This year we only picked 4.5 tonnes all up as they had a very late frost in September which wiped out most of the floration. Consequently very few plums, but there is some good news, because of the lack of plums world wide prices are up to 3 times what they were last year.
During those couple of weeks Skill manages to get the bike out of mothballs (it goes first time, thanks to John for starting it a few times while we were away) and replace bits and pieces, we have brought a few new parts with us, new fuel filters go in as does the new volt meter (Thanks Buzz). We also attach our new fuel bottle holder and drink bottle holders to the top box (They look good and work well Lachy) We take a few short rides into San Rafael, do some shopping and seek out third party insurance.
All the while there are jobs and fun to be had on the farm, when we are not harvesting we are cooking or preparing feasts, or braving San Rafael to do the shopping, the boys also manage to dismantle and reassemble John and Annette's carport in under two days. We seem to have a mixture of weather, it is quite hot and we get a few storms in the afternoon, we even witness a famous San Rafael hail storm (grineso), fortunately it is short and sharp causing no damage. Then we have 2 days of rain, the weather turns cold and miserable, so we are trapped indoors with everyone except me (Lan) suffering from a cold brought to the farm by yet another Aussie biker. Luckily he had fled the scene of the crime on the day of our arrival otherwise her may not have lived.
It is always social on the farm and we once again get to share a celebratory asado with John and Annette to celebrate the anniversary of their arrival on the farm. 2014 sees them mark 8 years in Argentina. On another day we join Mike and Vicki an Argentine couple and their work-away tenant Nicki (also Australian), we take a picnic up into the mountains behind San Rafael, it is a lovely relaxing day. We end the day back at Mike and Vicki's gorgeous old home for coffee.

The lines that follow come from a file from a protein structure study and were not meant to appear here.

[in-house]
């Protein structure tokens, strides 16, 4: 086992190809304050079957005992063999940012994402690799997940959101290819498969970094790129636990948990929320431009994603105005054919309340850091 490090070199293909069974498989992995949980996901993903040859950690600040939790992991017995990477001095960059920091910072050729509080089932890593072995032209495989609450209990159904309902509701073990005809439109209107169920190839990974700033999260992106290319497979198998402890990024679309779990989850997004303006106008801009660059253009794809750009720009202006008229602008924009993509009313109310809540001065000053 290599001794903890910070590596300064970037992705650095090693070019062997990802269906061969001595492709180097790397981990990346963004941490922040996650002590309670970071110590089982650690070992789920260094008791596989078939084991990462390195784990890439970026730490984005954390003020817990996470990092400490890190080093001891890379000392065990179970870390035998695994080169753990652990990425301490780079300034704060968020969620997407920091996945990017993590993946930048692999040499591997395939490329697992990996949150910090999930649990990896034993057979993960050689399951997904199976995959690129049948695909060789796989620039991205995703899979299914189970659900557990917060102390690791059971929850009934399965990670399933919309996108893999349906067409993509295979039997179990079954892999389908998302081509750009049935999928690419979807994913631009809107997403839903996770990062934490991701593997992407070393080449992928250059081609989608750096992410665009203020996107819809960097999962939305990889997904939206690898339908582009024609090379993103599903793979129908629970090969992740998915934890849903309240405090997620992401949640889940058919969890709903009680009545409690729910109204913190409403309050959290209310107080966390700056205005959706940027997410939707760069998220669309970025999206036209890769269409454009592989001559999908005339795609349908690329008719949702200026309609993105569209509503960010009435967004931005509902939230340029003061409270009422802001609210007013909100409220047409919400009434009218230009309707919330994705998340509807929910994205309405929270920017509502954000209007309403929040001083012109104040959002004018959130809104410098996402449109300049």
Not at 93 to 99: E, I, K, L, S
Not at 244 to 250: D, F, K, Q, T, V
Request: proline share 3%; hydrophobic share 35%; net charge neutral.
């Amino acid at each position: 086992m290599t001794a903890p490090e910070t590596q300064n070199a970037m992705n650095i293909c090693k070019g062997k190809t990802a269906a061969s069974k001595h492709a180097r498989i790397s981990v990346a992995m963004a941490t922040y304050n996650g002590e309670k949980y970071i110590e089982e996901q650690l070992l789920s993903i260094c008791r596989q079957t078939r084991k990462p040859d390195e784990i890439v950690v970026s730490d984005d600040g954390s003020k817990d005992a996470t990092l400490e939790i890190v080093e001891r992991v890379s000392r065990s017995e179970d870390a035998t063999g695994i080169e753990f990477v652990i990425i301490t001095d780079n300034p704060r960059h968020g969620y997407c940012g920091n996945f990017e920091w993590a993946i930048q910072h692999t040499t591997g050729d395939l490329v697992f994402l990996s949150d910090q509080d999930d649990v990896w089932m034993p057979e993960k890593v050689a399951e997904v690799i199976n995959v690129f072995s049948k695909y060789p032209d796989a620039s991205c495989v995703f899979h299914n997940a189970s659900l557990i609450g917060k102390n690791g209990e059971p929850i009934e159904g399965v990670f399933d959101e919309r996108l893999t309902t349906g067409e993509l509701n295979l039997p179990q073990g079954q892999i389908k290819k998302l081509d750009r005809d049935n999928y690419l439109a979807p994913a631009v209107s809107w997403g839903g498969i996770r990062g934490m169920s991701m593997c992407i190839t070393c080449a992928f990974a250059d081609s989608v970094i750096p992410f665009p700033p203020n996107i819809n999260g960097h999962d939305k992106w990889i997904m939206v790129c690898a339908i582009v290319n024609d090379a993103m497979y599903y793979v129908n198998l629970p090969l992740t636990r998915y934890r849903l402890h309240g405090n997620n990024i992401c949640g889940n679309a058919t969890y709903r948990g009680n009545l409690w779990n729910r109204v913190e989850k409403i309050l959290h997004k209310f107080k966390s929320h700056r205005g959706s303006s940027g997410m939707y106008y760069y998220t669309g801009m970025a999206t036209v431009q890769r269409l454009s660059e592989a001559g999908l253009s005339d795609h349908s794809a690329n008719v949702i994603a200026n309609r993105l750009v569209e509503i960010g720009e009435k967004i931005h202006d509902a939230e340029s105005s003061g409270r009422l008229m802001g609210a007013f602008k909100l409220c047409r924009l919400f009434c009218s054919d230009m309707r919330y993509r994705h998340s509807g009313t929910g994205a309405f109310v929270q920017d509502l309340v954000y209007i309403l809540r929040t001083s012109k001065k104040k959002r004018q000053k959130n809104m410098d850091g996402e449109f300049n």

Mike and Vicki's home
Mike and Vicki's home
Mike and Vicki's home
We spend just shy of three weeks at the farm in San Rafael, we are loathe to leave, as these good people have become close friends and this time we know we will not return for a long time. But leave we do, emotional goodbyes and we head off towards Mendoza (again) and after a quick lunch-stop and an easy negotiation of Mendoza, we are on the road to San Juan, it is a blisteringly hot day and we arrive in San Juan a lather of sweat. After three goes at finding a hotel/hostel with parking we finally pitch up in a old non-descript hotel. As usual we are on the top floor, so after switching on the air conditioning and grabbing a shower, we head downstairs for a beer and a bit of internet time. With a bit of difficulty (we have to wait till the usual Argentine 10.30 pm for the cafe across the road to open) we find somewhere to eat and have possibly the worst hamburger we have ever eaten for dinner.
Next day we are off on perhaps one of the most beautiful and exhilarating rides we have had. The road out of San Juan to the Paso Agua Negra border post at Flores is a wonderful paved road with countless twists and turns, we refuel in Flores (we leave Argentina with 30 pesos, about $3US) and leave Argentina for the last time on this trip, we have crossed in and out of this country no less than 15 times. This border crossing is delightful, everyone is so happy and friendly.
While Skill is doing the bike paperwork, I return to the bike, stare up at the mountains and reflect on our time in Argentina …........................ we have loved this country that has welcomed us so warmly and let us come and go as we wish, we have loved the people, the asados, the scenery, the camping. And despite the bad press that Argentinian police and officials receive we have found them to be mostly very friendly and always beyond reproach.
However it would be naïve to pretend all is rosy in Argentina, it is not. Inflation is rampant, corruption is rife and everyday life for an Argentinian is difficult. Poverty is lurking everywhere. Violent armed robberies are becoming common place even in rural San Rafael. Queuing is a way of life, you queue for the bank, you queue for fuel, you queue for the supermarket, you queue at every shop and service you enter. It should be such a wealthy nation, it has huge quantities of natural resources, it produces vast amounts of food, and it has fantastic untapped tourism potential. Life should be good for the people of this beautiful country, but it is not, infrastructure is decaying, there is no foreign investment, everything just looks old and tired, like it is somehow trapped in a time warp, with no money spent on it since the late 70s.
But when all is said and done, we have treasured our time here and it is with a heavy heart we leave Argentina for the last time – on this trip at least.